Jessica Foy. Othello Essay. English Iii. 14 February 2017.

907 WordsFeb 15, 20174 Pages
Jessica Foy Othello Essay English III 14 February 2017 Emilia Essay Character development is seen in almost every character in the play Othello. Most of the characters are seen tumbling in a downwards spiral of their former self; while other characters are seen becoming more powerful due to the loss of power from the people above them. One of the characters that developed from her superior’s weaknesses is Iago’s wife, Emilia. Emilia spends most of her time with Othello’s wife, Desdemona. Most of their conversation surrounds the topics of gender roles in society and in their relationships. Desdemona’s insecurity in her relationship leads Emilia to find her own voice in order to defend her friend. Shakespeare utilizes…show more content…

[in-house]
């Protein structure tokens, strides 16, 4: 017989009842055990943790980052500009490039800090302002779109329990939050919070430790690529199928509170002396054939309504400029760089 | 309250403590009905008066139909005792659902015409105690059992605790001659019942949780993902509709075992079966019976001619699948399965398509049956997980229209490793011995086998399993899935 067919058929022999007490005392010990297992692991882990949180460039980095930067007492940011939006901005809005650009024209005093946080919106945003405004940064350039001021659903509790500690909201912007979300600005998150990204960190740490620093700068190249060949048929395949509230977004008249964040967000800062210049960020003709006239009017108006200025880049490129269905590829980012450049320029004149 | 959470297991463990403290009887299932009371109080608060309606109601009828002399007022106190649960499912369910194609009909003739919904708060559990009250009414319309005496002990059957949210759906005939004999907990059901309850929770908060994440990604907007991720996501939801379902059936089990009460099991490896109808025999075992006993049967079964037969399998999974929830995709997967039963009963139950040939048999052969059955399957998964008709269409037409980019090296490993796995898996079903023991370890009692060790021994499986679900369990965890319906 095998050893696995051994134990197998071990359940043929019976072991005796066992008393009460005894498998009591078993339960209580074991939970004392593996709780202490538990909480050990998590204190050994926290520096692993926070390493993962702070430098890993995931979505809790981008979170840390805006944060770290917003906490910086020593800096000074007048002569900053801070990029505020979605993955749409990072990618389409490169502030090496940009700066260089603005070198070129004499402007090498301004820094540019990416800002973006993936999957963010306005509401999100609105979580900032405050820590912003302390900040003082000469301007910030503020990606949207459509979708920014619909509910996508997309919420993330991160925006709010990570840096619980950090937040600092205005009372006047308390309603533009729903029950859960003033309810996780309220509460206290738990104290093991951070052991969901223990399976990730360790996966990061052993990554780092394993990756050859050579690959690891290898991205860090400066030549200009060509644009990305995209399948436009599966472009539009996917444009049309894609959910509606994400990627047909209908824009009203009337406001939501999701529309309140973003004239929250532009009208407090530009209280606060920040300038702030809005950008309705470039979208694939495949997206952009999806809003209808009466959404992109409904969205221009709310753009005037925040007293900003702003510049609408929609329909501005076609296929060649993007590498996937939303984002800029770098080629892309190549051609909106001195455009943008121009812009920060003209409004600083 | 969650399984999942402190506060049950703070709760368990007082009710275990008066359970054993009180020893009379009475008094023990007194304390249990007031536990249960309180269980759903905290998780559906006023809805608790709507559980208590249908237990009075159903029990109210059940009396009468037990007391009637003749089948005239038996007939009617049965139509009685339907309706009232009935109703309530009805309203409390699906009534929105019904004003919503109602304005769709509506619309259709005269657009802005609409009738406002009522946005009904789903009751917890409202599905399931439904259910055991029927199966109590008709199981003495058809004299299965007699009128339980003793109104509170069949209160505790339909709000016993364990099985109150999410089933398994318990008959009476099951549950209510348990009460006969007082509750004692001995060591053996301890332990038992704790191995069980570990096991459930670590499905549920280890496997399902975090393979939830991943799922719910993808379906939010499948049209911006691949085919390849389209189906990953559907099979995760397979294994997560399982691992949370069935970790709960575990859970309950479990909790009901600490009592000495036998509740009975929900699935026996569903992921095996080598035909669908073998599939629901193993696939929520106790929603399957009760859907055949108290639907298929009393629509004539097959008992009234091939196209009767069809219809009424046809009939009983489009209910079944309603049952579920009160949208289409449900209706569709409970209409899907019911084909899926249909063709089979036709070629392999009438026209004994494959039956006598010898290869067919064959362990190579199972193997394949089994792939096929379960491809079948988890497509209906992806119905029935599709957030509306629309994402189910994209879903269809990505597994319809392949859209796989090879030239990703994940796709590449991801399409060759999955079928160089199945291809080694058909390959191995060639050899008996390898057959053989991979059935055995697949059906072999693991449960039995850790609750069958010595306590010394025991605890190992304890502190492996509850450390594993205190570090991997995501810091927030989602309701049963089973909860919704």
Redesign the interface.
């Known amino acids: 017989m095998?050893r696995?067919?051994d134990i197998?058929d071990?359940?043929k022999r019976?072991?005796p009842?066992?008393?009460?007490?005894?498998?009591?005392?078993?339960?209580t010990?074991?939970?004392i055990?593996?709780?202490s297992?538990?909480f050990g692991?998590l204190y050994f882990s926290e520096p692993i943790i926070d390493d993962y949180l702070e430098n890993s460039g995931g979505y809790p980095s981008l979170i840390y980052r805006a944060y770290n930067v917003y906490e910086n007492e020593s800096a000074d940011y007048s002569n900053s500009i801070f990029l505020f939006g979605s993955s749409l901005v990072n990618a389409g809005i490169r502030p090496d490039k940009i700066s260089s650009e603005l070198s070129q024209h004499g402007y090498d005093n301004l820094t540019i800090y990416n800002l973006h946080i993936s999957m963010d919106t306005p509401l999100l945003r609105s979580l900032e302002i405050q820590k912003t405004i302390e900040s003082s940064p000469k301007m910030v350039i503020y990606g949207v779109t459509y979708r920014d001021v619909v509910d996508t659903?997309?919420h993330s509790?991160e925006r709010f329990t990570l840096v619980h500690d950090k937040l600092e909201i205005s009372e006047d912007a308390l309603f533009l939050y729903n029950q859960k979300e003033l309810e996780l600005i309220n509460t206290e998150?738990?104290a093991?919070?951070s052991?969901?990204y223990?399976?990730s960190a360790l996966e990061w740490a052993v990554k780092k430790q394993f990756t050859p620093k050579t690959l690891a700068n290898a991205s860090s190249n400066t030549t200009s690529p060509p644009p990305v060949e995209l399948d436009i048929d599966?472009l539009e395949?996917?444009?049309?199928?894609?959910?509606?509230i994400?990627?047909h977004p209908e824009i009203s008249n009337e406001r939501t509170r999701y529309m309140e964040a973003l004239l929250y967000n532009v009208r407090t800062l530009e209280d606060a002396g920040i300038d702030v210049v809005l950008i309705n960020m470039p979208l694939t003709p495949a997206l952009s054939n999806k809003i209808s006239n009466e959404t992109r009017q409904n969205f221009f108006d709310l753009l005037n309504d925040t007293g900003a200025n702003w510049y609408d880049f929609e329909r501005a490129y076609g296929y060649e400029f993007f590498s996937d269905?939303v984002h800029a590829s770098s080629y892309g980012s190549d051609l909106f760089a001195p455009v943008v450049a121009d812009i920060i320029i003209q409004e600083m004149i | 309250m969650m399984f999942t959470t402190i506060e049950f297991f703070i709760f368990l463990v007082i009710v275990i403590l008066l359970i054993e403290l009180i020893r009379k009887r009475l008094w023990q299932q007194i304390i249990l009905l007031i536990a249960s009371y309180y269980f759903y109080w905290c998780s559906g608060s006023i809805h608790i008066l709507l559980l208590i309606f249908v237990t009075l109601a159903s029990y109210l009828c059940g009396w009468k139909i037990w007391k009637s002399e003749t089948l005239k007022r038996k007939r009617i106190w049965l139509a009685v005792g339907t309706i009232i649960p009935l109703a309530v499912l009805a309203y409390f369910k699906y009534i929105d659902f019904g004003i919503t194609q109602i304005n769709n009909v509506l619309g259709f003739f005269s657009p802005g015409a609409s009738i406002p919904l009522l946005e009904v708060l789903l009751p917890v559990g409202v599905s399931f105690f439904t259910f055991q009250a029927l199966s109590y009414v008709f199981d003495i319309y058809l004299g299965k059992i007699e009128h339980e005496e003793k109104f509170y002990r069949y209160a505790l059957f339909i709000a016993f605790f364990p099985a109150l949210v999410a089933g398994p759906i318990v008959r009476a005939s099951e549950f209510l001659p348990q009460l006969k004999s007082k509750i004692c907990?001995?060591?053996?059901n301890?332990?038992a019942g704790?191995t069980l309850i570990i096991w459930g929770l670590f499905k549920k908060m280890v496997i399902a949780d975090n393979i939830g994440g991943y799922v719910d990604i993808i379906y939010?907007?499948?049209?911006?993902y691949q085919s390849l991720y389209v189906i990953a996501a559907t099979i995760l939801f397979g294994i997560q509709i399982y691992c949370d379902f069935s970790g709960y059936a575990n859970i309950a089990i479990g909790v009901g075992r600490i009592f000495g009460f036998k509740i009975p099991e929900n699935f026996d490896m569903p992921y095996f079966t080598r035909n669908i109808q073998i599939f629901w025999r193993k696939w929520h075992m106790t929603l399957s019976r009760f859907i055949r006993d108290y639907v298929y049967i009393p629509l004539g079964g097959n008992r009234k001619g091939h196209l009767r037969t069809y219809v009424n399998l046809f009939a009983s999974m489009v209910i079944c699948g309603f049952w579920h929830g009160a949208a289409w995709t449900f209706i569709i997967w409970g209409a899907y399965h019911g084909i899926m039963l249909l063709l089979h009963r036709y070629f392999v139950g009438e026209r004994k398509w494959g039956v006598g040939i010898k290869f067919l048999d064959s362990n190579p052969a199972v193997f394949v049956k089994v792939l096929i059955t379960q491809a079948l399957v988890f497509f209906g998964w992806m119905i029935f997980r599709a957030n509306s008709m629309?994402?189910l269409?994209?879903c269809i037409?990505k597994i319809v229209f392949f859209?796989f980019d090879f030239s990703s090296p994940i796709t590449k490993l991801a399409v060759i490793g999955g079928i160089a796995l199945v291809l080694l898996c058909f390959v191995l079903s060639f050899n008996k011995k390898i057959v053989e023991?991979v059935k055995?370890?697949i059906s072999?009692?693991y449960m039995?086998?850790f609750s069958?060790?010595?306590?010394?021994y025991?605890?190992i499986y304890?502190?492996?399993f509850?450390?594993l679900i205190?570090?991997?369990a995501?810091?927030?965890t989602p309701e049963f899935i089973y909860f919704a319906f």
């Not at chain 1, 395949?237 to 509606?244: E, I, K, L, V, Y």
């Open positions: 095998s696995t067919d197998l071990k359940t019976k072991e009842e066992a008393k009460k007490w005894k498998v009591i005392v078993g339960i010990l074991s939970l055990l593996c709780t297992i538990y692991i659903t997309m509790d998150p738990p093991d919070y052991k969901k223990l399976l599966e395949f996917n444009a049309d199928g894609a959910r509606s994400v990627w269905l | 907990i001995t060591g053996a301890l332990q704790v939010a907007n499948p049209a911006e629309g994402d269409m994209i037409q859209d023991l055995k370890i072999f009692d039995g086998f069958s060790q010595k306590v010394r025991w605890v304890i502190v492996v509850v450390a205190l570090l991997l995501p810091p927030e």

Although Iago shoots her down; the fact that she even questioned him, shows change between Act I Emilia and Act III Emilia. Although Emilia gave her husband the handkerchief he so very much desired for his love; she still wondered what he had in store for her friend, Desdemona. In Act IV, Othello hits Desdemona and they both continue in a downward spiral. At this time, Emilia and Desdemona are really good friends and the audience sees a switch between the two. The outspoken Desdemona is now a reserved housewife; and the reserved Emilia is now the outspoken confidant that Desdemona relies on. She believes that her friend does not deserve the treatment that has been served to her; so she speaks out on her problems reversing the roles placed on them both. As Desdemona begins to settle into the housewife settings, she calls upon Iago and Emilia recalls most of the event to her husband herself. Throughout the conversation, she even brings up something she was too afraid to do so earlier: Iago’s accusations that “made you to suspect me with the Moor.”(IV.ii.173). Emilia has completely changed to a woman with an unfiltered speech; through the heat she gained from her anger at Othello for hurting her friend mentally and physically, she accounted some of her own relationship problems. Admitting her own problems made it easier for her to betray her
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